How the Holidays can affect your Credit Score
Tis the season…to be spending.
Yes, with the holidays fast approaching, chances are you’ve made your list (and checked it twice). But when it comes to holiday spending, you want to be sure that your credit score doesn’t get naughty, but stays nice. With all the spending you’re likely to do, combined with the increased threat of scammers this time of year, keeping your credit in good shape can be easier said than done. That’s why we’ve put together this handy list of tips and suggestions for how to prep for the holidays, while keeping your credit score in good shape. Here’s a look:
Tips and Suggestions for Holiday Spending (While Protecting Your Credit Score)
- Use credit cards, not debit cards, to minimize impact of fraud: Any type of fraudulent purchase made on your credit or debit cards isn’t good, but those made on debit cards have the tendency to be a lot more impactful than those made on credit cards. That’s because the money spent can take more time for you to get back – and scammers are spending money that you already have in your account, not money that you’re promising to pay back later, as is the case with a credit card.
- Be careful about where you shop: Another important tip to safeguard against scammers – be careful where you’re shopping, especially when it comes to online shopping! We get that things can get expensive around the holidays and you’re looking to save where you can, but be cautious about where you’re providing your credit card information. Look for the padlock symbol to verify site security, and if a deal seems too good to be true, know that it’s likely because it is too good to be true.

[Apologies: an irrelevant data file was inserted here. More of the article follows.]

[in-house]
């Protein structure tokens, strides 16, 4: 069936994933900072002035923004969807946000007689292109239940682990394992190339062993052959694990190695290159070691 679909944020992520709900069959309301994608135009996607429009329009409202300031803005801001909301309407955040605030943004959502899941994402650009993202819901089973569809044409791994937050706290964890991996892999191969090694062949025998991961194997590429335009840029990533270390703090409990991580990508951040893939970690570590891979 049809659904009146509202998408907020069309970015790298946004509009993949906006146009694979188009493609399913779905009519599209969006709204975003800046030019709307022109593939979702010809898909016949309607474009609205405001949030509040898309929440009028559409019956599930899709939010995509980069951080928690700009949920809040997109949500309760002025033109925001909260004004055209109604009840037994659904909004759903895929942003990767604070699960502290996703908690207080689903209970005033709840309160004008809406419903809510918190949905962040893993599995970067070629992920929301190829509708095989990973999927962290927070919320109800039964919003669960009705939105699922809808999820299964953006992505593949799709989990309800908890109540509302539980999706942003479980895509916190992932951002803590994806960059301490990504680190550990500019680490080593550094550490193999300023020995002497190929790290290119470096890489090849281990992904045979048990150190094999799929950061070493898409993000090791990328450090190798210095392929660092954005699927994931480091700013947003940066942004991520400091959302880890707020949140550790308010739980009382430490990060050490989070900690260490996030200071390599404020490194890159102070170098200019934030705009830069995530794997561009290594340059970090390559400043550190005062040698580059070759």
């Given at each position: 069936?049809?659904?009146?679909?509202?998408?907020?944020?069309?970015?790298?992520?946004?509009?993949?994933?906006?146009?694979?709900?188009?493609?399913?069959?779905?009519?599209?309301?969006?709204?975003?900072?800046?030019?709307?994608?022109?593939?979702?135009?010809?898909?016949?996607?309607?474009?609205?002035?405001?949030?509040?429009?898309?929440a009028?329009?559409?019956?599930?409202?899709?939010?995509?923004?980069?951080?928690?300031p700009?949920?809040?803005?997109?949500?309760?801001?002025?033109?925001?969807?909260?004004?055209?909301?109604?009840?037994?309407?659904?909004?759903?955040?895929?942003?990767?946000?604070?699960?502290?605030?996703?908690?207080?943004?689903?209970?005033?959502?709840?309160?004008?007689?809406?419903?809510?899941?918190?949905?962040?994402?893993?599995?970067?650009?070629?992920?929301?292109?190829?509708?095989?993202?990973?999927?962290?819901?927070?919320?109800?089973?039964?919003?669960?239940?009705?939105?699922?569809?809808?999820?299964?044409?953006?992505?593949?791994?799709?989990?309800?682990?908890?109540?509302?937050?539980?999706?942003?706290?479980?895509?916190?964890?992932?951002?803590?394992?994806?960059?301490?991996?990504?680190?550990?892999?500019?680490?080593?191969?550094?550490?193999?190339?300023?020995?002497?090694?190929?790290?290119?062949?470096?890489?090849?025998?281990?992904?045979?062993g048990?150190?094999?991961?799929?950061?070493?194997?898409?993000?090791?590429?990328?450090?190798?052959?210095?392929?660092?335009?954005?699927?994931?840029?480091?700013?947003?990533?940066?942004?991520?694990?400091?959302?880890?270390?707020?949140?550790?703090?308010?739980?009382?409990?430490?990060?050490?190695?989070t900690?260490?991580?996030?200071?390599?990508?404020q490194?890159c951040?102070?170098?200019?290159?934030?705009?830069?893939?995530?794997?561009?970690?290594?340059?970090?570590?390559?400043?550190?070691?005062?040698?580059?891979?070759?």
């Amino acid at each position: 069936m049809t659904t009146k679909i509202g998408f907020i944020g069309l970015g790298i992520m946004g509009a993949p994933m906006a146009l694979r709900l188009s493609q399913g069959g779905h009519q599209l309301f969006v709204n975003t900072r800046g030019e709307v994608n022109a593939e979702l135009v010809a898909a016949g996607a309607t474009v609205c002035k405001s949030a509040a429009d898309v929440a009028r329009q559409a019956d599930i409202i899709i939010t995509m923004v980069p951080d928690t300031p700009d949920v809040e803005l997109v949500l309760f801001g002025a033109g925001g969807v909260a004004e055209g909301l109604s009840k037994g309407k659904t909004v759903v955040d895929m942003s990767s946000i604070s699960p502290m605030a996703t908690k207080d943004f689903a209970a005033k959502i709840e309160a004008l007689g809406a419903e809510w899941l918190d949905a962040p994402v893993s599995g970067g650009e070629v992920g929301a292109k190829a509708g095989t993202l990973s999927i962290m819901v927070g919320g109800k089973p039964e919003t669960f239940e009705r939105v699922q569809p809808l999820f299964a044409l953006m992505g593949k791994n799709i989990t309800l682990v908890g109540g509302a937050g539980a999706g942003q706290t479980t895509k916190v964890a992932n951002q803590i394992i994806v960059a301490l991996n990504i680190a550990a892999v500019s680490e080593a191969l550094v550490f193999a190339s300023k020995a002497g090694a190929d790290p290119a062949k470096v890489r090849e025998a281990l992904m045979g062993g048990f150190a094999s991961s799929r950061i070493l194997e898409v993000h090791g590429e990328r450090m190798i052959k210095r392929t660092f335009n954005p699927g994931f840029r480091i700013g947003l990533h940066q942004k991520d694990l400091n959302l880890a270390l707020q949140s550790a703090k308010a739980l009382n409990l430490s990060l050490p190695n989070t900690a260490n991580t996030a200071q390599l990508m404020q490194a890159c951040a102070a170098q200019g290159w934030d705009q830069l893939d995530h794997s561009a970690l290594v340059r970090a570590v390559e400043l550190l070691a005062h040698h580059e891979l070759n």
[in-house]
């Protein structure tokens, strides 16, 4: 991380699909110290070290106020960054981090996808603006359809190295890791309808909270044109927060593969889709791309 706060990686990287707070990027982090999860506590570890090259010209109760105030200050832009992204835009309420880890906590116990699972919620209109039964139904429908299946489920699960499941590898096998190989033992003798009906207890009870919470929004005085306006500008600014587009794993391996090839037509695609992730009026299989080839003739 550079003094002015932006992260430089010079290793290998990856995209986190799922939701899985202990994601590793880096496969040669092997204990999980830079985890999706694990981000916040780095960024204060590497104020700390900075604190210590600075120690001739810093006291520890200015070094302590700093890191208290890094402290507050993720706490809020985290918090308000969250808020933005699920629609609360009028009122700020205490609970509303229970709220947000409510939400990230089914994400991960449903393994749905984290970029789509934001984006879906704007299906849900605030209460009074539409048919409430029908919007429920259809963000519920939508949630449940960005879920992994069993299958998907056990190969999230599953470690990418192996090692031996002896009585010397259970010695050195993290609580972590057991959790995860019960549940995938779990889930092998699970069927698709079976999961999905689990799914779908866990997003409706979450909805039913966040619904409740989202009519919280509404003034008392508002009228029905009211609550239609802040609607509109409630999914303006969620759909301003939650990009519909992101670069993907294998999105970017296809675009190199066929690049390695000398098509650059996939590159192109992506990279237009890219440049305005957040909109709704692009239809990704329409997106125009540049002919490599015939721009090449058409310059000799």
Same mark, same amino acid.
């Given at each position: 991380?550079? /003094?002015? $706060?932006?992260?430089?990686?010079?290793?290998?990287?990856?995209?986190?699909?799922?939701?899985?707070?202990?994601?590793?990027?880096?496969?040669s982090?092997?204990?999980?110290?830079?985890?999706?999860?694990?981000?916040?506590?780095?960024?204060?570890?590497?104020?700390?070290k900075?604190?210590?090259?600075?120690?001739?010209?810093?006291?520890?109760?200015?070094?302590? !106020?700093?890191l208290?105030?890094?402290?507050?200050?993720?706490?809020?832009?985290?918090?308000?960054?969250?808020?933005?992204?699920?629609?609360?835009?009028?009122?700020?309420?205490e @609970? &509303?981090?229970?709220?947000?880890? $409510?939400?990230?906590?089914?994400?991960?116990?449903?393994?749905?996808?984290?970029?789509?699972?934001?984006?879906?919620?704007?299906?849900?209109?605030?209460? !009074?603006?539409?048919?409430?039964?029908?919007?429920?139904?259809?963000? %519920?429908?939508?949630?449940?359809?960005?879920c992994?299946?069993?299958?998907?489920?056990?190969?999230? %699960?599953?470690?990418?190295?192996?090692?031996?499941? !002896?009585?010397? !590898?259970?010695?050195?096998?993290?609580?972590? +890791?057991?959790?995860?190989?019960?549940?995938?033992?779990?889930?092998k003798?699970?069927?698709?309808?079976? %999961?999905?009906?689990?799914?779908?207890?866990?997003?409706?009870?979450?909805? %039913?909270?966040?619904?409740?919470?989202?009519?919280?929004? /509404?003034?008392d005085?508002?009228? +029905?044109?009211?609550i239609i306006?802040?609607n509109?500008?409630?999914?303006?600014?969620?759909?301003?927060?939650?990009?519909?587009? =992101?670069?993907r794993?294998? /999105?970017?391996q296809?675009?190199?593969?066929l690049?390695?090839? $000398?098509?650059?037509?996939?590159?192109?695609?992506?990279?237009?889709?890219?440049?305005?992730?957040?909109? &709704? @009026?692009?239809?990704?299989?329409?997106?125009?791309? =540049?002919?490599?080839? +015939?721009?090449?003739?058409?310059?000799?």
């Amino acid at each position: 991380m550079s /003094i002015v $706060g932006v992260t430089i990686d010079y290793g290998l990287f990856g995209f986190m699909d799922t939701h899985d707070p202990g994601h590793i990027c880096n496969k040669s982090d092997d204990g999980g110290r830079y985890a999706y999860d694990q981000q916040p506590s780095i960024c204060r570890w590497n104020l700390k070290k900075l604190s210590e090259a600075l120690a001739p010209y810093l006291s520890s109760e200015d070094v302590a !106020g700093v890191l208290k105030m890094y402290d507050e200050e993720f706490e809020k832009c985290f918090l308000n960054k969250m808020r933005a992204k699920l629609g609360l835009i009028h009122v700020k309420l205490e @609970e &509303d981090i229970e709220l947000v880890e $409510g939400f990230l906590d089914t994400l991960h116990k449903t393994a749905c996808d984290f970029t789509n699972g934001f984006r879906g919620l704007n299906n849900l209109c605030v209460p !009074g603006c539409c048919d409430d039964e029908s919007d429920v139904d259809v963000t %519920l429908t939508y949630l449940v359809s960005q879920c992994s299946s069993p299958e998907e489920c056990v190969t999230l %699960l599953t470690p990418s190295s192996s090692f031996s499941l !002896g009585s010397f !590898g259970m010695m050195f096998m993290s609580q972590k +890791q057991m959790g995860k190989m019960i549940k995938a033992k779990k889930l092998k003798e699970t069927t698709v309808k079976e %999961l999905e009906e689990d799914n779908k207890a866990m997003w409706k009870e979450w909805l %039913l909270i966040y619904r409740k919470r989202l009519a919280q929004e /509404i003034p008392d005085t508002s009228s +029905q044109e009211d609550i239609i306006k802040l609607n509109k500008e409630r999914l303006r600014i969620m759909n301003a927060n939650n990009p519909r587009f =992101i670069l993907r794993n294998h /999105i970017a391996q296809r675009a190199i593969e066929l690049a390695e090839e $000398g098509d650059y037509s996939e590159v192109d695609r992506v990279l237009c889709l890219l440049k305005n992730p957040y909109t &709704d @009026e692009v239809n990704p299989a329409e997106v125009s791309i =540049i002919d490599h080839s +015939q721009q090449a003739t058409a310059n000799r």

- Watch your credit utilization ratio: We strongly suggest that you only charge purchases you know you can pay off before the end of the year, but regardless of your situation, it’s important to watch your credit utilization ratio, which is your debt versus your total credit allotment. Ideally, you want to keep this ratio at 30 percent or less for it not to lower your credit score. For example, if your credit limit on a card is $10,000, you want your spending to be $3,000 or less.
- Refrain from opening new lines of credit: New credit cards don’t just have the potential to impact your credit utilization ratio, but every time you apply for one, your credit information is pulled, which also lowers your score.
- Make on time payments: This accounts for 35 percent of your FICO score, so it’s incredibly important to make on time payments with any and all bills. Failure to do so will almost certainly lead to a significant drop in your credit score. In a perfect world, you should try carrying a zero balance on your credit cards and only charge what you know you can pay off each month. That’s not realistic for everyone, but regardless of the situation, making on time payments should always be a priority.